Why Georgia’s Medicaid work requirements are a crucial test case

Why Georgia’s Medicaid work requirements are a crucial test case

Georgia is set to become the only state in the country to impose work requirements on Medicaid recipients, and the success or failure of its plan could be a test case for other states that are planning ahead for the next Republican White House.

The new program, set to launch this weekend, will allow able-bodied adults who have never qualified for Medicaid to join. It could offer health care coverage to tens of thousands additional residents — but only if they can prove they work or are enrolled in job training or other activities for 80 hours a month.

There is a renewed focus on Medicaid work requirements among conservatives, and while the Biden administration is not likely to approve any states’ request, a future GOP president likely would. 

Medicaid work requirements were a priority for the Trump administration, which approved 13 such programs. But after a federal judge struck down two approvals in 2019 and the Biden administration quietly revoked another 10, momentum for imposing work requirements stopped.

House Republicans revived the push this past spring, and work requirements for multiple federal programs became a sticking point in debt ceiling negotiations. They were not included in the final compromise legislation, as President Biden and Democrats said the policy was a nonstarter.

The Congressional Budget Office (CBO) estimated that Medicaid work requirements would save the government $109 billion but would not result in any more people working. 

It said about 600,000 adults would lose Medicaid coverage under the bill, though the Department of Health and Human Services said it could have been many more.

“Despite the evidence that Medicaid work requirements don’t work at their stated goal, which is to support employment, they persist and there continues to be interest in this in certain states,” said Joan Alker, executive director of the Georgetown University Center for Children and Families.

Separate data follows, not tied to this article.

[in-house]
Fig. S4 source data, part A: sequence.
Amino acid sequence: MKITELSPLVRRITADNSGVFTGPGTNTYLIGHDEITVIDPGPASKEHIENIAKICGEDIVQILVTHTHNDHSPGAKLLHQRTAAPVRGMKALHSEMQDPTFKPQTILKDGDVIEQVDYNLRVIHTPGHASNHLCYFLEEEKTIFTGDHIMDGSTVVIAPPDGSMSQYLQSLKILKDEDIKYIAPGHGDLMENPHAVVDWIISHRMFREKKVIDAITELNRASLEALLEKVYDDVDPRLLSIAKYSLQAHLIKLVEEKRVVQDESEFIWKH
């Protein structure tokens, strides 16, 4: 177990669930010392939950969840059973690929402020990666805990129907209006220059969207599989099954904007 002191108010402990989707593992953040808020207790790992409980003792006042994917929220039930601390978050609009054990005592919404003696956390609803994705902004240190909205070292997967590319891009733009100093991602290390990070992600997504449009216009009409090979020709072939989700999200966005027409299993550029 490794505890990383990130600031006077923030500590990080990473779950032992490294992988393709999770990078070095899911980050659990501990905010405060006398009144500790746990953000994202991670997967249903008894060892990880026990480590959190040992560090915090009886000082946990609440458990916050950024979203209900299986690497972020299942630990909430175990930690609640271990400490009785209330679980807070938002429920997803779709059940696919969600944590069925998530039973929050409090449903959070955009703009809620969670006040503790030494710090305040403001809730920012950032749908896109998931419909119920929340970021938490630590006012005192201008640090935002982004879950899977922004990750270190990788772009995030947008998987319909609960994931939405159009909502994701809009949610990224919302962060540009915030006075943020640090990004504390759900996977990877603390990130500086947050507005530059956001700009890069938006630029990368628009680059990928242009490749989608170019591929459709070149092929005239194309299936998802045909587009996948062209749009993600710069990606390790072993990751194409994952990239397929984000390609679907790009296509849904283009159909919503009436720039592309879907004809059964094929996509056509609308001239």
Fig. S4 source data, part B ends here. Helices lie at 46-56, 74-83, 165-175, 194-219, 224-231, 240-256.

“And I wouldn’t be surprised, if we have a change in administration, that this policy will be once again brought out.” 

Republicans have long argued that work requirements are necessary to encourage people to pull themselves out of poverty, and conservatives say Georgia’s program has a lot of potential.

“I think the benefits of this program are that, ultimately, it’s a way to receive health insurance, but Medicaid coverage is not the end goal,” said Chris Denson, policy and research director for the Georgia Public Policy Foundation, a libertarian think tank. “It’s ultimately a pathway to be commercially insured, rather than staying on Medicaid.”

Some GOP state officials are now trying different tactics to circumvent the previous legal challenges.

In Arkansas, state officials submitted a new waiver to the Biden administration earlier this month asking the federal government to allow work requirements for people on its expanded Medicaid program.

Gov. Sarah Huckabee Sanders (R), who was a White House press secretary in the Trump administration, said reviving work requirements will “address our state’s workforce challenges and empower thousands of Arkansans to escape the trap of government dependency.”